COURTESY IT'S ALIVE MEDIA
Cambodian-born singer Chhom Nimol and her band, Dengue Fever, are featured in a new documentary.
Movie depicts Americans’ role in reviving Cambodian music
Among the many offerings at the Hawaii International Film Festival will be an unusual film about a Southern California band that performs Cambodian folk and pop music -- in the native Khmer language. Aside from the lead singer, none of the musicians is Cambodian.
It took this band of mostly outsiders, touring Cambodia in 2005, to ignite interest in a type of music that had died out during the Pol Pot regime. "Sleepwalking Through the Mekong," filmed on that trip, is a fascinating journey about bringing a Southeast Asian country's music back to its people.
STORY SUMMARY »
FULL STORY »
"Sleepwalking Through the Mekong"
Part of the festival's Asian Showcase, 6:15 p.m. Friday at Dole Cannery multiplex
Who would've thought it would take a small group of American visitors -- plus one immigrant returning to her native land -- to remind a people of their own rich cultural past, one nearly decimated by war?
It all started when Los Angeles brothers Ethan and Zac Holtzman became enamored by 1960s Cambodian folk and pop music. "We thought, wouldn't it be great to put a band together that sounds like this?" he said by phone Thursday. "I originally heard the music when I was traveling in Cambodia in 1997 and '98, listening to these cassette tapes of stars like Sim Sisamouth and Ros Sereysothea."
Louis Vuitton Hawaii International Film Festival
» Dates: Thursday through Oct. 28
» Venues: Dole Cannery Stadium 18 and the Hawaii Theatre
» Tickets: Dole events are $10; $9 military, students and seniors. Hawaii Theatre events are $15; $12 military, students and seniors.
» Call: 528-3456 or visit www.hiff.org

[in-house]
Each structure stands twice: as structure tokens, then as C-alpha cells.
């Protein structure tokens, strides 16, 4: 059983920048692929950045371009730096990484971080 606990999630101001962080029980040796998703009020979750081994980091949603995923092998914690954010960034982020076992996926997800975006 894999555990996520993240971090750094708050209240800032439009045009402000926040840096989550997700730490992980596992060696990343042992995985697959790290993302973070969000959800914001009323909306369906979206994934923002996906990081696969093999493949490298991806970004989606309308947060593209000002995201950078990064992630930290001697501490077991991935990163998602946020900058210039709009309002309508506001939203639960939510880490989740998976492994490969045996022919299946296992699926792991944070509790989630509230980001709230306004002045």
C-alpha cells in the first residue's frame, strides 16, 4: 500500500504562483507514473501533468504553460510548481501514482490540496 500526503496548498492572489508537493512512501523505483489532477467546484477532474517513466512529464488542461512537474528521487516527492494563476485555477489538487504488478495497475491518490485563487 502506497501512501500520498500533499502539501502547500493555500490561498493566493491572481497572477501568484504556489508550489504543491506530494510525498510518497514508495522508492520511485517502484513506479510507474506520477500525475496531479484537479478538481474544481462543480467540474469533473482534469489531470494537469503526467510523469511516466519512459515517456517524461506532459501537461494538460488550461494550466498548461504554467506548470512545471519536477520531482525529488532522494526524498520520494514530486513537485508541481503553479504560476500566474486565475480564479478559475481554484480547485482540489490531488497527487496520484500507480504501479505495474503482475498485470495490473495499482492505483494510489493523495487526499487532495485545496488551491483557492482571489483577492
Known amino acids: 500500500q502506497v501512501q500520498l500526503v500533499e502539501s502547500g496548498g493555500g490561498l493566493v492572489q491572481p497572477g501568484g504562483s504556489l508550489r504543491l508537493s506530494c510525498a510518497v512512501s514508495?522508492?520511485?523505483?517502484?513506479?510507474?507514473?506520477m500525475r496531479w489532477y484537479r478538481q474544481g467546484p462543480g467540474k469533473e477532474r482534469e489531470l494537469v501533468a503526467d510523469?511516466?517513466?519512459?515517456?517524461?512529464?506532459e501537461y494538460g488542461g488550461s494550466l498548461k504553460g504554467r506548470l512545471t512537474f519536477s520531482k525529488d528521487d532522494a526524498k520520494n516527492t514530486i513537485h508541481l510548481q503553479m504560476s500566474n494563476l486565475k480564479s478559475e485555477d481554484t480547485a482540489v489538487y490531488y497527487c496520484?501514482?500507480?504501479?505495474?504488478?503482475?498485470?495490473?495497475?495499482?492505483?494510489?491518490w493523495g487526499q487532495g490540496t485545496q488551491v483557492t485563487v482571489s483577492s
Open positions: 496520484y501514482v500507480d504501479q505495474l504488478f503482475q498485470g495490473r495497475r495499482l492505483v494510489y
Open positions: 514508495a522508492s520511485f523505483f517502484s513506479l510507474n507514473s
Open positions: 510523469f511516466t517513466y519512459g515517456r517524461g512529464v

» Program guides: Available at the festival information table at the Dole multiplex and across the street at the HIFF office
But when the Khmer Rouge and dictator Pol Pot took over in 1975, most of the keepers of the country's culture were murdered. Those surviving after 1980 fled, with a sizable population ending up in southern California, specifically Long Beach.
There, the Holtzmans found the person who gave legitimacy to their band, whimsically called Dengue Fever: Chhom Nimol, who was considered a fine singer before she left for the United States. (With two previous albums, and a new one, "Venus on Earth," due for release next year, Nimol and the band still sing in her native Khmer.)
In 2005, five years after the band's formation, Dengue Fever traveled to Cambodia, their trip documented by John Pirozzi, who has directed their music videos and was the cinematographer for the Matt Dillon film "City of Ghosts" -- which included on its soundtrack the band's Khmer-language cover of Joni Mitchell's "Both Sides Now."
The resulting "Sleepwalking Through the Mekong" is a fascinating journey that basically brings a Southeast Asian country's music back to its people.
"Whether you already know our music or not," Holtzman said, "I like how John used our appearance on a variety show on Cambodian television at the beginning of the movie, where we nervously introduce ourselves to the audience in this hot studio. And I like how the documentary doesn't use a narrator, letting the viewers themselves get the gist of what we were doing there."
Not only do we see the band play in different settings -- from a small club in Phnom Penh to a large outdoor stage in a rural shantytown -- we also see them record with master traditional musicians, as well as delighted children from a cultural performance school.
"It was nice to perform with the kids," Holtzman said. "What they did, the singing and dancing, blew our minds. To see them in their little practice room, with paint peeling off the wall, doing this raw, beautiful music, it touched us all."
It was a rewarding experience, both during and after.
"The Cambodian people tend to be reserved, but we could tell they liked what we were doing, especially if we did some of the old songs. They would come up afterward and tell us how important it was that we were helping keep their music alive. And I noticed that when we played in Phnom Penh, we had a good mix of expats and Khmers come out to see us, who tend to stay separate of each other.
"And the immigrants who came out and saw the documentary in Los Angeles later were very supportive and really loved it," Holtzman said. "I hope we can get back to Cambodia sometime in the future."